Familial Barrett's Esophagus Study
Trial status: Open for Enrollment
Why is this study being done?
A group of doctors and scientists at the Mayo Clinic in Rochester, Minnesota, along with doctors from many other medical centers throughout the US, are working together to advance our understanding of Barrett's esophagus and esophagus cancer. The main aim of the present study is to collect blood for future testing. Once all the samples have been collected, tests to identify genes that may be involved in the development of Barrett's will be performed. A future goal is to learn if there is a genetic difference between those people who have Barrett's and develop cancer, and those who do not.
Who is eligible to participate?
What is involved?
As a study participant you will be asked to:
- Answer questions regarding your health history and about risk factors for Barrett's esophagus and esophagus cancer.
- Donate approximately 50 cc (5-6 tablespoons) of blood.
- Authorize release of your medical records and/or tissue sample from any previous endoscopy or esophagus surgery from your physician to Mayo Clinic investigators participating in this study.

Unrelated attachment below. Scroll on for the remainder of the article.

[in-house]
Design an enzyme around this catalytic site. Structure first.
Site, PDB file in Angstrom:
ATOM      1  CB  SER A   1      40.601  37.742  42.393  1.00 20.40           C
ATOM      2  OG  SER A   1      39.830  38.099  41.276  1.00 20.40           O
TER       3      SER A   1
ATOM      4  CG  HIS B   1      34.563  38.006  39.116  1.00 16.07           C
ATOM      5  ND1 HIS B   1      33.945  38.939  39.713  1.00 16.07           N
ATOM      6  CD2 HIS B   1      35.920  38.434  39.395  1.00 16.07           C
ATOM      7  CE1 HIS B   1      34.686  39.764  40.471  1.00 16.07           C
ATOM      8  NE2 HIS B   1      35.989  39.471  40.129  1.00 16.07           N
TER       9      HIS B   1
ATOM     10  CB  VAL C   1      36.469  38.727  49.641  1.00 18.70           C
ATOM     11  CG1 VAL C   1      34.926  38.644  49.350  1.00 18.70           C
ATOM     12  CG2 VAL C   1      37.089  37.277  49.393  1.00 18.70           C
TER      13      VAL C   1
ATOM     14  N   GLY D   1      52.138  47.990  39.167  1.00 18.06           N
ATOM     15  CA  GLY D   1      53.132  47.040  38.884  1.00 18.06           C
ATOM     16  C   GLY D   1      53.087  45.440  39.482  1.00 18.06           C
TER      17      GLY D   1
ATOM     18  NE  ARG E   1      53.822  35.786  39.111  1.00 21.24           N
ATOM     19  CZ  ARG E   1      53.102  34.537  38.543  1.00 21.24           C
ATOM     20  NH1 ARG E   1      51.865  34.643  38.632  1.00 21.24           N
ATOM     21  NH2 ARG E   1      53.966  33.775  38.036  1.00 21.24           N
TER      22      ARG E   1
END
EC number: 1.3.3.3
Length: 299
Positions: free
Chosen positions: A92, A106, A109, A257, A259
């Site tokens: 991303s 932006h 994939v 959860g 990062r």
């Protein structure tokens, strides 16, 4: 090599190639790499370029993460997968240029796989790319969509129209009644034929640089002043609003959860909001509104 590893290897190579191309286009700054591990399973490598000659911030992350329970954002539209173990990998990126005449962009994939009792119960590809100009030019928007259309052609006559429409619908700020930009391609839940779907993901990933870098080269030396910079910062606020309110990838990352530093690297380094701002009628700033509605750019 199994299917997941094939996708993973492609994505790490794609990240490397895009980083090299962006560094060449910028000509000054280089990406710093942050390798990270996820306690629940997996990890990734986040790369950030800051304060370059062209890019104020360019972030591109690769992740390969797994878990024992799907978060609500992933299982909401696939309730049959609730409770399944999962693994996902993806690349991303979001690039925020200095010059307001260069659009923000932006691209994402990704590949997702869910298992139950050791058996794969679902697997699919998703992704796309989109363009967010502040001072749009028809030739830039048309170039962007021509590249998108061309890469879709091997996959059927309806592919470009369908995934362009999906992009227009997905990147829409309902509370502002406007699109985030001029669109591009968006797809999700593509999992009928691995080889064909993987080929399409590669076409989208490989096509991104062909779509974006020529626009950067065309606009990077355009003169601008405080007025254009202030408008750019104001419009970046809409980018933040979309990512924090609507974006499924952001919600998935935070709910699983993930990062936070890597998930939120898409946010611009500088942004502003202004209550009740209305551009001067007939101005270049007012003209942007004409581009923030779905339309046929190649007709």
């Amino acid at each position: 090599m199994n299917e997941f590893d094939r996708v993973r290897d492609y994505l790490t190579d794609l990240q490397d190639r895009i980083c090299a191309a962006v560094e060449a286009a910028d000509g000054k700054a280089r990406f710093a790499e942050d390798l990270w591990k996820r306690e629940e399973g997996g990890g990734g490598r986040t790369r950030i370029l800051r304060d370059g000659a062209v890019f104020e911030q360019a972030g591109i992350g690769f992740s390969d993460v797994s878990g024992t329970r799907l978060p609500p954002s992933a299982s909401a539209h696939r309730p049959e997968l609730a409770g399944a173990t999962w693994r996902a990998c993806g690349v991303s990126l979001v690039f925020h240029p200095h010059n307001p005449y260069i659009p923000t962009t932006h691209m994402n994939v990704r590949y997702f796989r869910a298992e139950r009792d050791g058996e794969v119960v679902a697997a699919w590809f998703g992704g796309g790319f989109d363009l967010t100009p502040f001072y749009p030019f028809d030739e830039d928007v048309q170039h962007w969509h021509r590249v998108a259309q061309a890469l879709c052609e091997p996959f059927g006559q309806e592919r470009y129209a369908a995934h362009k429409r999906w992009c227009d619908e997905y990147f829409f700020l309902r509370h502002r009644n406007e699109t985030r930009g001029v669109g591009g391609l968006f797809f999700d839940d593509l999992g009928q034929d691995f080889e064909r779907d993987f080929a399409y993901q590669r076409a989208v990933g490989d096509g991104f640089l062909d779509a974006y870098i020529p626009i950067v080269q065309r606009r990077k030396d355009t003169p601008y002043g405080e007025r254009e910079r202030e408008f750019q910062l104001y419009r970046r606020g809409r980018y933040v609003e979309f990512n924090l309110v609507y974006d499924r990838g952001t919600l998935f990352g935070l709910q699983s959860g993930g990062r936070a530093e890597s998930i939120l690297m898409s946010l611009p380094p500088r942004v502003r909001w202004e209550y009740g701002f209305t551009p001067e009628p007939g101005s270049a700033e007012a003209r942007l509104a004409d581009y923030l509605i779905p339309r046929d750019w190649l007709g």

How long is the study?
There are no monetary costs to you as part of your participation in the study. Some of your time, however, will be spent completing a questionnaire and having your blood drawn (only once). You may send your bill for blood collection to the Mayo Clinic so that you will not be charged. If you choose not to participate, you will not jeopardize present or future medical care and treatment by your doctor or doctors at the Mayo Clinic.
Barrett's esophagus is a complication of gastroesophageal reflux disease (GERD). In Barrett's esophagus, reflux of gastric contents damage the normal lining of the lower esophagus, which is then replaced by a different type of lining (intestinal metaplasia with goblet cells). Patients with Barrett's have a 30-125 times increased risk of developing esophagus cancer compared to the general population. Adenocarcinoma of the esophagus, which usually arises in a Barrett's esophagus, has been increasing in incidence in the United States by 4%-10% per year in recent decades. The cause of the increase is unknown. Similarly, the role of genetic factors in Barrett's esophagus and esophagus cancer is not known.